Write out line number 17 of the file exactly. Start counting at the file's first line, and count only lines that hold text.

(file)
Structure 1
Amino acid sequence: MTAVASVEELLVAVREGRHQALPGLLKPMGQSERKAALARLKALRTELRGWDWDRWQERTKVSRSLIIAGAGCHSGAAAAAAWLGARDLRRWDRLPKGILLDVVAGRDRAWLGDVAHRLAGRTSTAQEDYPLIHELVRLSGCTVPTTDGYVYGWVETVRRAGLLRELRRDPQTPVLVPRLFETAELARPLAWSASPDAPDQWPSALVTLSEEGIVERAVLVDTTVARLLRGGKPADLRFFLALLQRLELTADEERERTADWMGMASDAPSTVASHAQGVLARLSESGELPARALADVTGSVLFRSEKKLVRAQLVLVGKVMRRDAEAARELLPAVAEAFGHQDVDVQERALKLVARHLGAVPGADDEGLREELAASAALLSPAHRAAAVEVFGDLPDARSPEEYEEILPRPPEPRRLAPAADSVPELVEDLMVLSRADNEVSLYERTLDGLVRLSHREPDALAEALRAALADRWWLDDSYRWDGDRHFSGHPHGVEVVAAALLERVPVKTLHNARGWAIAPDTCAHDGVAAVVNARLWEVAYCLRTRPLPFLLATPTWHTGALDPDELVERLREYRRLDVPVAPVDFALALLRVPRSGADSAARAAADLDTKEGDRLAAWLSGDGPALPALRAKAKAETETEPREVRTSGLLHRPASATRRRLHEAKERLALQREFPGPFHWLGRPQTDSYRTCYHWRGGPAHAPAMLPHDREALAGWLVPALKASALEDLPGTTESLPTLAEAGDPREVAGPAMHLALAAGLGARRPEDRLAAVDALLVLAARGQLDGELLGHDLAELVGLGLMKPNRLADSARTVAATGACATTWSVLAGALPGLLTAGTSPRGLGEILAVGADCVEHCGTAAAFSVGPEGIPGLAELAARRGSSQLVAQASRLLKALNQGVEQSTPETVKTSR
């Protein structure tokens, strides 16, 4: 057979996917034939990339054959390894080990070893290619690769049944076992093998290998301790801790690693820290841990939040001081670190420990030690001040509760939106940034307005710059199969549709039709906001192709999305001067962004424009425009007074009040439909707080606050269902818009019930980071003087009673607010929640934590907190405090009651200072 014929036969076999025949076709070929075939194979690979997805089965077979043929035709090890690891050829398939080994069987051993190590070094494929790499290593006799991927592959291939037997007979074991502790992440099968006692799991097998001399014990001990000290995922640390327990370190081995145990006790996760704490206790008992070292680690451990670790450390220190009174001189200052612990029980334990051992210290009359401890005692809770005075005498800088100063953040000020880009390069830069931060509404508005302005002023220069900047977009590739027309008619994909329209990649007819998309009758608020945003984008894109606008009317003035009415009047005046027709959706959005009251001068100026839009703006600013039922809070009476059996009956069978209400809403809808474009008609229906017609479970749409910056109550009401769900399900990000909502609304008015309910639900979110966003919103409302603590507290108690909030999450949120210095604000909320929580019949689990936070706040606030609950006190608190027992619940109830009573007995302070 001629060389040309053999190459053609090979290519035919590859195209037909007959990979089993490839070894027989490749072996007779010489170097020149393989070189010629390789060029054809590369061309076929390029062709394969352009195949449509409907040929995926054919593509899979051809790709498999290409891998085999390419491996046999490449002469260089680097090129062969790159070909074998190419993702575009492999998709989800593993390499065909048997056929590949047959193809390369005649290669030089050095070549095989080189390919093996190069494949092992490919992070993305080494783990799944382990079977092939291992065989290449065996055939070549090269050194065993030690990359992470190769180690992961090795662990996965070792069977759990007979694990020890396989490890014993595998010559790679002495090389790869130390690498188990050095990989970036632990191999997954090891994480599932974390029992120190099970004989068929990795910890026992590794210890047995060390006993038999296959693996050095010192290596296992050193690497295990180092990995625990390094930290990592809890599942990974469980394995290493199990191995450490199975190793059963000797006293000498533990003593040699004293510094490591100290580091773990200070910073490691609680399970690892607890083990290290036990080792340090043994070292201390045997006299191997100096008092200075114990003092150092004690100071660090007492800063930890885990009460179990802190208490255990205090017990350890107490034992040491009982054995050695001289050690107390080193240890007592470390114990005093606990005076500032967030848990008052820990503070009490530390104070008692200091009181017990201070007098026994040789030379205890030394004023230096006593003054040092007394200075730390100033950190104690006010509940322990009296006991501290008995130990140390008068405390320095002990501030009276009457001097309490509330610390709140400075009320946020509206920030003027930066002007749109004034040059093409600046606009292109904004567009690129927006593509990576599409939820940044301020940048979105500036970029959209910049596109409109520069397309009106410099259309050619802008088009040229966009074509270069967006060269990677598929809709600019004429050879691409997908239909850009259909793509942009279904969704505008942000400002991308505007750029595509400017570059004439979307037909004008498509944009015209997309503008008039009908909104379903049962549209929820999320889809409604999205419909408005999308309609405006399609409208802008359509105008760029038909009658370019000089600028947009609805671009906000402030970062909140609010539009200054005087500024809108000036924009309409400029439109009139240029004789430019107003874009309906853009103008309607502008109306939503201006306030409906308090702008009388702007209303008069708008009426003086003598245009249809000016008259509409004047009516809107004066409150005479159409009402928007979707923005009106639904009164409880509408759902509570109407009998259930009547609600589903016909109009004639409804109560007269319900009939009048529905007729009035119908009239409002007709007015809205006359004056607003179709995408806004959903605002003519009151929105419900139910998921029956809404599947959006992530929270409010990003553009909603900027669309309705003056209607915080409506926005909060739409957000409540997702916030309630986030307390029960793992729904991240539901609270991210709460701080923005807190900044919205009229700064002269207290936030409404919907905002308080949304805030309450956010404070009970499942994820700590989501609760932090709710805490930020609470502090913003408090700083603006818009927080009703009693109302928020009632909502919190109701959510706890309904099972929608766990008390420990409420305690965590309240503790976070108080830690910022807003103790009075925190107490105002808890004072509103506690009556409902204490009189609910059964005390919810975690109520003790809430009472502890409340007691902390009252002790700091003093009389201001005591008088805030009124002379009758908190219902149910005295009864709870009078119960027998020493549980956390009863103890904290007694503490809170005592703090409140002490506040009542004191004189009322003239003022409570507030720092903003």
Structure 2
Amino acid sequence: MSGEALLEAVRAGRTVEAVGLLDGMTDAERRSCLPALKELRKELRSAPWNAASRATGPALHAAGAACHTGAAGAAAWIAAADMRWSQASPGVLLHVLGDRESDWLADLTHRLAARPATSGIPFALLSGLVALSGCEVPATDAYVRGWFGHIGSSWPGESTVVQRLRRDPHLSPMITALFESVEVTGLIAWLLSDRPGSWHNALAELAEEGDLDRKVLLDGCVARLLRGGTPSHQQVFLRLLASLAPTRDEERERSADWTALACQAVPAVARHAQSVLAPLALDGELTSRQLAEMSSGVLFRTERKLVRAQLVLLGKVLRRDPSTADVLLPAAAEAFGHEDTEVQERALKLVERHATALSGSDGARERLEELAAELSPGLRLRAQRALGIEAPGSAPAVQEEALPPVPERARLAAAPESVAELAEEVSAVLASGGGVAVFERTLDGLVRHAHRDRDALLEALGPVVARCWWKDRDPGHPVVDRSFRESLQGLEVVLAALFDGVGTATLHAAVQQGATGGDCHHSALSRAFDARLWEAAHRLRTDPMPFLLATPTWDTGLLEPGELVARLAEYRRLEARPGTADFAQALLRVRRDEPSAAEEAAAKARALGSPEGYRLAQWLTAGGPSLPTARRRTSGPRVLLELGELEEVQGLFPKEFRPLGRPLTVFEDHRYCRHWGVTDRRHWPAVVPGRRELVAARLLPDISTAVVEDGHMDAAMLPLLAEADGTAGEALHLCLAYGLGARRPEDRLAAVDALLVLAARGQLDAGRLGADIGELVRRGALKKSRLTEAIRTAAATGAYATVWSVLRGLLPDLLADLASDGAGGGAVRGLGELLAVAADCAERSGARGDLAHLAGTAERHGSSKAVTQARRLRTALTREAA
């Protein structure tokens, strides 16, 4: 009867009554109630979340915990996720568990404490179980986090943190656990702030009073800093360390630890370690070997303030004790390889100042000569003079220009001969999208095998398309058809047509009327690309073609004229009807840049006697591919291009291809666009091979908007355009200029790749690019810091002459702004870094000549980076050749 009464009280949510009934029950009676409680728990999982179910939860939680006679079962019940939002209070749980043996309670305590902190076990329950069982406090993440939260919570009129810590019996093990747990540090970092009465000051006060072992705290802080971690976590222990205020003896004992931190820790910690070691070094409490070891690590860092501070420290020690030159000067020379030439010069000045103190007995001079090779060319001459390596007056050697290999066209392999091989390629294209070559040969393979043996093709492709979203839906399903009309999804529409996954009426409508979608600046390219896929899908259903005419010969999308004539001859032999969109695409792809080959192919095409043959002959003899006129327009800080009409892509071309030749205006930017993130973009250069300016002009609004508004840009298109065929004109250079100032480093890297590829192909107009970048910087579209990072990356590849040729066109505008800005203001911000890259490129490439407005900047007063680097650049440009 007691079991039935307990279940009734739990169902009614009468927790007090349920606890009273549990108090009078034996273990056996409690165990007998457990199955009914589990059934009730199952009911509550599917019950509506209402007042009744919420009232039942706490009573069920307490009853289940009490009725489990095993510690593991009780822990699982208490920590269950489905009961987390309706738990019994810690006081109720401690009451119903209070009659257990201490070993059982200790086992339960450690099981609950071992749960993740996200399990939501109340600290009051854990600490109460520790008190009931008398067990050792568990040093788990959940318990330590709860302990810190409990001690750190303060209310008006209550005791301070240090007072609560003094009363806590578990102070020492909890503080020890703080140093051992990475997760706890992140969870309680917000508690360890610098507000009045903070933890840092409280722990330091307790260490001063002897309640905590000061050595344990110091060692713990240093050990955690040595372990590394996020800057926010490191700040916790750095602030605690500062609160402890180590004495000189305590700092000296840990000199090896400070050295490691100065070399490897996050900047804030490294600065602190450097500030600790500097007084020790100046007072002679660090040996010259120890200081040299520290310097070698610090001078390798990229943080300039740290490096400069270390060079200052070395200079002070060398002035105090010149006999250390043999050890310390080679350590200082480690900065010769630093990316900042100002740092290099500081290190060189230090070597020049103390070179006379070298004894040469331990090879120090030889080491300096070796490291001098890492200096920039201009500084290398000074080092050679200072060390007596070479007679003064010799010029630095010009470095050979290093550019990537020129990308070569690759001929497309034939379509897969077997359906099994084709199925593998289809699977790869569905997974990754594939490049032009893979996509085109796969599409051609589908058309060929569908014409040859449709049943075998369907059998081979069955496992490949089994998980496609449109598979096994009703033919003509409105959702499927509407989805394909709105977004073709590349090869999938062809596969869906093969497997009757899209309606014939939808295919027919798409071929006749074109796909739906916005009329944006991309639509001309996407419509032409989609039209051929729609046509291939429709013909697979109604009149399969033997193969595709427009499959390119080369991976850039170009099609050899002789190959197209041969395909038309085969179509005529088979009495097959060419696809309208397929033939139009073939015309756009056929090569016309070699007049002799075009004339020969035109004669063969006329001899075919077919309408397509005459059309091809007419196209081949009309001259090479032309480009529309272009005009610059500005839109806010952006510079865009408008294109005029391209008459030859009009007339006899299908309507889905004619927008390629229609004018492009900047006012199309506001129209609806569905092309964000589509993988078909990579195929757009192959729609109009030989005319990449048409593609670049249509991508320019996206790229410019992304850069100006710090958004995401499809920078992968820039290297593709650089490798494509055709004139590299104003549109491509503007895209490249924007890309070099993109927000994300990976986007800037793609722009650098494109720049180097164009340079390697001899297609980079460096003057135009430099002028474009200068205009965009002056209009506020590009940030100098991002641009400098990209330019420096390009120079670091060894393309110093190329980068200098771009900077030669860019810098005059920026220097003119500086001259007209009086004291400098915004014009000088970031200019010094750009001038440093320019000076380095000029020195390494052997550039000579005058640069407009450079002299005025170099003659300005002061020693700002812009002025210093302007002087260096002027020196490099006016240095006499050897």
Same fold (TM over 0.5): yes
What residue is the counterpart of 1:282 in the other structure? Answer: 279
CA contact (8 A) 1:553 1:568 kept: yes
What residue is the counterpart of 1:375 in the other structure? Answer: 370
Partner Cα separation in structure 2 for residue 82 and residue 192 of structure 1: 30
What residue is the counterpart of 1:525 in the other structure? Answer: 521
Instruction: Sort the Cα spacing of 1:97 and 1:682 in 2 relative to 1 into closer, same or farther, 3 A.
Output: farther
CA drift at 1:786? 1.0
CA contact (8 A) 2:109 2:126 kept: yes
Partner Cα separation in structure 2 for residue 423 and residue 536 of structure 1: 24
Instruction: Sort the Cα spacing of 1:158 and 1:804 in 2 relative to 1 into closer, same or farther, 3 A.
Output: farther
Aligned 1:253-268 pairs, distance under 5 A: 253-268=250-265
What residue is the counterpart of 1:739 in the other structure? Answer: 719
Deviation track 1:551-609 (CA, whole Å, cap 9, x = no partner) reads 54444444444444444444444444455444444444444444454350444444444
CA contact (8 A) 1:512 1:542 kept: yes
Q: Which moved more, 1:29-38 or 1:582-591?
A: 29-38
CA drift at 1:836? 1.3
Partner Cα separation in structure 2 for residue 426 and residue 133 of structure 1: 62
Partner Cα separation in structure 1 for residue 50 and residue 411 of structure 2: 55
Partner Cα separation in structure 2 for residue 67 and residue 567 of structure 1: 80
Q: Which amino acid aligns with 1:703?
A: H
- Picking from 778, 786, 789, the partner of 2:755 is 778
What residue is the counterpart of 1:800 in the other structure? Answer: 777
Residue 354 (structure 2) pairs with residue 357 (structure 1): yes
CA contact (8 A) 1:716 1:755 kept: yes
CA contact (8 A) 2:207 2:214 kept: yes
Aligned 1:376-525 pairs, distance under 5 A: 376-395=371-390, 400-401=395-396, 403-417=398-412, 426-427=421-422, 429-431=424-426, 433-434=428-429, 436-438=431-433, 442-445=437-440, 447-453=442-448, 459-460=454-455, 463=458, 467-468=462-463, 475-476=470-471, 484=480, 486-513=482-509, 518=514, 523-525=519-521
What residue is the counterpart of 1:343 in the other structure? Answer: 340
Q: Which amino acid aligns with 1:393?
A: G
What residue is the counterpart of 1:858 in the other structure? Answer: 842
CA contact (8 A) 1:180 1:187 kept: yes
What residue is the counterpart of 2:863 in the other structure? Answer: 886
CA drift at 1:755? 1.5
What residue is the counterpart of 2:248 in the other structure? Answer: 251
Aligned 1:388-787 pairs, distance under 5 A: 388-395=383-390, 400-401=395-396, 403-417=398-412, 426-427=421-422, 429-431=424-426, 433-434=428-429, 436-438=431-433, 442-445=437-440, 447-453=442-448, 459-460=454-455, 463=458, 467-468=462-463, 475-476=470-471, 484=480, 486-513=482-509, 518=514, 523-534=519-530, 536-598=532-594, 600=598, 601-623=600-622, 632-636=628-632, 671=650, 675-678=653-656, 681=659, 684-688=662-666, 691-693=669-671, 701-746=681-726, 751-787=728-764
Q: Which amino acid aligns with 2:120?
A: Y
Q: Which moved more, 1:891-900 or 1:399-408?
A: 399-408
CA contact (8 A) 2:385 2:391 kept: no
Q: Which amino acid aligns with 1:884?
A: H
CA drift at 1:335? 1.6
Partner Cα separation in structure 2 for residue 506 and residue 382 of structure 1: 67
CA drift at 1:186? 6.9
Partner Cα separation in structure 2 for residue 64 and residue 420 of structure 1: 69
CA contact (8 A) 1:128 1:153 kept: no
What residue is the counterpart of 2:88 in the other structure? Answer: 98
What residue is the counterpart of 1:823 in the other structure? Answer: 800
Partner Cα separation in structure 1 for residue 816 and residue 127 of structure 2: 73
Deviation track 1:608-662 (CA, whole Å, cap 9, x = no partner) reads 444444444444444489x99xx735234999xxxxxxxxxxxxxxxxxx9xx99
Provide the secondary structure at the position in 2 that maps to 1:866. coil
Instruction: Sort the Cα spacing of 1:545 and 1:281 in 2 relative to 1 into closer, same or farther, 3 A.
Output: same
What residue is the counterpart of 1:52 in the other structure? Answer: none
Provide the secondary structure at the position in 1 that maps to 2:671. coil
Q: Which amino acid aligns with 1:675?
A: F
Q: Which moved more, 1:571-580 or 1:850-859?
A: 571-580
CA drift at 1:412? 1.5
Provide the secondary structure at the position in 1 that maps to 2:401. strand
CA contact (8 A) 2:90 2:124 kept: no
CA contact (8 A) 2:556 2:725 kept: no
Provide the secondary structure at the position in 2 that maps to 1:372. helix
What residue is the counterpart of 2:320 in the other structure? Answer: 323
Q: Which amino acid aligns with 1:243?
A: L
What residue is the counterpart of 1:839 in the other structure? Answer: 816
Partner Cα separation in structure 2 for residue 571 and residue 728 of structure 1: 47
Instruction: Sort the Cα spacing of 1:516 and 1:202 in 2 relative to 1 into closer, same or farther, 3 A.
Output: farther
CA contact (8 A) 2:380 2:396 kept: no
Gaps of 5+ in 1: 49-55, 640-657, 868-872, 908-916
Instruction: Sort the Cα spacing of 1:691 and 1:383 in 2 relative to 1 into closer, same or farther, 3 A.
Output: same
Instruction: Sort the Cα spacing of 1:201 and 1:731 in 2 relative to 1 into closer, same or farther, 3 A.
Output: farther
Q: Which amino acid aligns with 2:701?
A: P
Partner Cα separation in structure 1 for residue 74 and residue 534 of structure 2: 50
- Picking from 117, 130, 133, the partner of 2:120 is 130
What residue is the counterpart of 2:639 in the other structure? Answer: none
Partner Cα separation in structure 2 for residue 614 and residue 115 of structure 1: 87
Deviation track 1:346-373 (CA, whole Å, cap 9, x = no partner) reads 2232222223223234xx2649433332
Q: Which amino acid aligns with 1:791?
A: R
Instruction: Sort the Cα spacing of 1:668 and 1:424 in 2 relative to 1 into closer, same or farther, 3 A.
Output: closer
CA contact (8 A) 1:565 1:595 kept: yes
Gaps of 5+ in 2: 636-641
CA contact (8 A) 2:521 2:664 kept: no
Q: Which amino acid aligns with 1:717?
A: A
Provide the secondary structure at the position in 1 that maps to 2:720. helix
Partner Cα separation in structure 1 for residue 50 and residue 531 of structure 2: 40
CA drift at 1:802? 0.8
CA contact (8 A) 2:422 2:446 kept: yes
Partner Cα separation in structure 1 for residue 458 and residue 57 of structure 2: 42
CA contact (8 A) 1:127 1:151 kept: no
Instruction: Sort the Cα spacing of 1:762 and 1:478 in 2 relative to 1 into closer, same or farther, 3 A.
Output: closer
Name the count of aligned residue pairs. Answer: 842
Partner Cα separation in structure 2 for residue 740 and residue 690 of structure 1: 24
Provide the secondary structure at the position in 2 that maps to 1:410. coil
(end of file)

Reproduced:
Partner Cα separation in structure 2 for residue 423 and residue 536 of structure 1: 24